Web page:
We’ve all seen television shows, especially the older ones, where the bully was the bigger kid in the striped t-shirt who would use their size to intimidate the smaller kid, usually the hero of the show.
Most of the time this would be stereotypically for lunch money, or to force the smaller kid to do some homework for him. We would laugh at the antics of the bully and sorta-kinda sympathise with the bullied kid, but not really. After all, we thought, this is easily solved by a punch on the nose and why-oh-why does the bullied kid not just ‘man up’ and give the bully some of what he deserves?
Maybe that was the reality of it then. While this does happen in today’s society, this is not even the most common type any longer.
The Merriam-Webster Dictionary defines bullying as “to treat abusively” or “to affect by means of force and coercion”. That is all very good and well, but often times the bullied person doesn’t even realise there is abuse, force or coercion because it happens over such a long time, and sometimes in such subtle ways, that it becomes commonplace and, the bullied person believes, it is not really “abuse” at all.
Bullying takes many different forms. Physical bullying is the kind we most associate with, again thanks to television shows, and involves the bully pushing, hitting or even spitting on another person. It does not even have to involve actual physical violence but may include the very threat of violence. Mental bullying would include telling lies about another, or telling them that they are stupid or worthless, and making fun of them in front of others. There is even bullying within relationships, where it is often about controlling the other person. Some bullies use silent treatment as a way of coercing or punishing another, refusing to talk to them until they comply. And, of course, there is workplace bullying, where one person may keep another from advancement, or forcing another to quit through bullying tactics. You need only pick up a paper or browse a website to see the amount and the level of sexual harassment in the workplace today as well.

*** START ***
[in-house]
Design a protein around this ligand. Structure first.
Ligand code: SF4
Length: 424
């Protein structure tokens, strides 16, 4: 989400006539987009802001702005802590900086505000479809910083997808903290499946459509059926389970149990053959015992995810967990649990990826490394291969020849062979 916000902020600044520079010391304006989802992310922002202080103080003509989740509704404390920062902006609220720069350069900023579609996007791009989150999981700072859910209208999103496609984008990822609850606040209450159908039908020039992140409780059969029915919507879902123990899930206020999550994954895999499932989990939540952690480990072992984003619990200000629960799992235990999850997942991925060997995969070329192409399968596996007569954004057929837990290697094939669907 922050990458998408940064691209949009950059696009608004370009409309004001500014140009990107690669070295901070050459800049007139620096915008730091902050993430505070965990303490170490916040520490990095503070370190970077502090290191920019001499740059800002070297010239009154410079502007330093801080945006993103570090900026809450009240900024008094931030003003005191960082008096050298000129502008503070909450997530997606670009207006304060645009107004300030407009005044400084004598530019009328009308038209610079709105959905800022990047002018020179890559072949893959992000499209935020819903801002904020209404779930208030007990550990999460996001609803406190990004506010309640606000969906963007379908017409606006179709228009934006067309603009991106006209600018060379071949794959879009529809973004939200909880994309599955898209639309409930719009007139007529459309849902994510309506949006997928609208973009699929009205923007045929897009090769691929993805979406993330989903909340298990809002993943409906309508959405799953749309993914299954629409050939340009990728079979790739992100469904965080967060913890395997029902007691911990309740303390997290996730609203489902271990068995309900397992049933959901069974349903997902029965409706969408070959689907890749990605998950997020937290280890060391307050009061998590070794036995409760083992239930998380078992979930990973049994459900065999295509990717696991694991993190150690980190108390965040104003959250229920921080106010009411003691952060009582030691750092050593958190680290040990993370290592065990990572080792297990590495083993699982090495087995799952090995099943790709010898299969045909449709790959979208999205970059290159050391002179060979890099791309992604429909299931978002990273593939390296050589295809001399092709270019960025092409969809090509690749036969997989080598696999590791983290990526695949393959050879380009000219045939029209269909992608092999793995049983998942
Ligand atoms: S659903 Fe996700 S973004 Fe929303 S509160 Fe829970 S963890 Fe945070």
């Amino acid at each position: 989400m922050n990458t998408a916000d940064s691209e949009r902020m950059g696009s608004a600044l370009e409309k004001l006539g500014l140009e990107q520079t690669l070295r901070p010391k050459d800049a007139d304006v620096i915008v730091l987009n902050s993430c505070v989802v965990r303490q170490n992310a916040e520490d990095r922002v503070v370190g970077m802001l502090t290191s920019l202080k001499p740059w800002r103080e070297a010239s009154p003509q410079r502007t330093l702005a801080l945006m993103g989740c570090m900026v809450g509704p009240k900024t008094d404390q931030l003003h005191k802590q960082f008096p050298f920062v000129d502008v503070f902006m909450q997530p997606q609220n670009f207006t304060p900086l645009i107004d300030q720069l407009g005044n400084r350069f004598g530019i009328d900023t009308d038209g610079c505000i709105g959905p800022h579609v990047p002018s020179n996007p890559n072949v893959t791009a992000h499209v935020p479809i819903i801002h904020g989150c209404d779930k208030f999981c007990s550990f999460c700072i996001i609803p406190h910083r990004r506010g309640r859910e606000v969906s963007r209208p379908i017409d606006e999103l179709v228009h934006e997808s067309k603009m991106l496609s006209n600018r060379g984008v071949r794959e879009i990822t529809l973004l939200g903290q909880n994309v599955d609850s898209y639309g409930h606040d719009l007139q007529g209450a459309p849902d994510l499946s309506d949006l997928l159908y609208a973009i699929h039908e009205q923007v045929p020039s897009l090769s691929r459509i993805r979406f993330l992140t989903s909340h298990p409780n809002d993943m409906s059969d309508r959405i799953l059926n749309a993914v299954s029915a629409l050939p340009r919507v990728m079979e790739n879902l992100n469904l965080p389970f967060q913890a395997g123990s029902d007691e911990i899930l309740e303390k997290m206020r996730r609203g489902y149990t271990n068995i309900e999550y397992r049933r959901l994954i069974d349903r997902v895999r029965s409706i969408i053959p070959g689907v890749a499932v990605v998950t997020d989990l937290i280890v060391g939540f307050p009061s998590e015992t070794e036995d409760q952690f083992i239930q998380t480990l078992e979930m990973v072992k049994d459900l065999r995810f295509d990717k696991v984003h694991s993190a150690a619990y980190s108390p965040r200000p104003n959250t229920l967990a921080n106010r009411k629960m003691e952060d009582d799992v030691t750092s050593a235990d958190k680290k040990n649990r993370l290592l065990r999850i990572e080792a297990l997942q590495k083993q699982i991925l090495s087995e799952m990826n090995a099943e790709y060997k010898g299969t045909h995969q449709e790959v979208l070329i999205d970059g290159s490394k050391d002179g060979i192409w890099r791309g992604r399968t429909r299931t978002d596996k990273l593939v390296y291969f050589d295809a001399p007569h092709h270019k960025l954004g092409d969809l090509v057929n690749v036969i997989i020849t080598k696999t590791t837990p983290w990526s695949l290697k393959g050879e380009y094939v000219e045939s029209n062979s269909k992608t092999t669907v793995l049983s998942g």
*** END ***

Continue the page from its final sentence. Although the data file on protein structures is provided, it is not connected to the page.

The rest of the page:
In fact, the sheer amounts of types of bullying are so vast that we could fill volumes. Perhaps then, it is much easier if we ask a simple question, irrespective of the type of bullying: how would I know if I am being bullied? Seeing as it may happen over time and become seemingly normal, are there signs that I should look out for in myself and in those I love and care for?
Most parents can tell when something is wrong with their child; an honour student suddenly or gradually gets worse. There may be sudden outbursts over seemingly minor things. Yes, these can be signs. But consider the following as well:
- Unexplained injuries;
- Lost or damaged items;
- Feeling sick often;
- Difficulty sleeping;
- Trouble in school or at work;
- Changes in eating habits;
- Self-destructive behaviour;
- Withdrawing from family and friends; and
- Low self-esteem.
Yes, bullying is an ever-growing problem. With the right tools, however, it can start decreasing. If this is a subject which holds particular importance or significance for you, if you feel that either yourself or a loved one is being bullied, or if you believe that a loved one is being the bully, then I encourage you to join me on Saturday the 11th of November at 42 On Sonneblom Deli at 10h00, were I will be delivering a talk on “Bullying: Be The Change”. In addition, we shall also hear from Seugnet Nelson from Heyns and Partners, and from Jessica Morton, a Grade 7 pupil at Eversdal.
And then watch this space as well, as we unpack this subject via this newsletter (and my blog) in the coming weeks, looking at the triggers of bullying, who is likely to bully and what can be done to help both the bullied and the bully.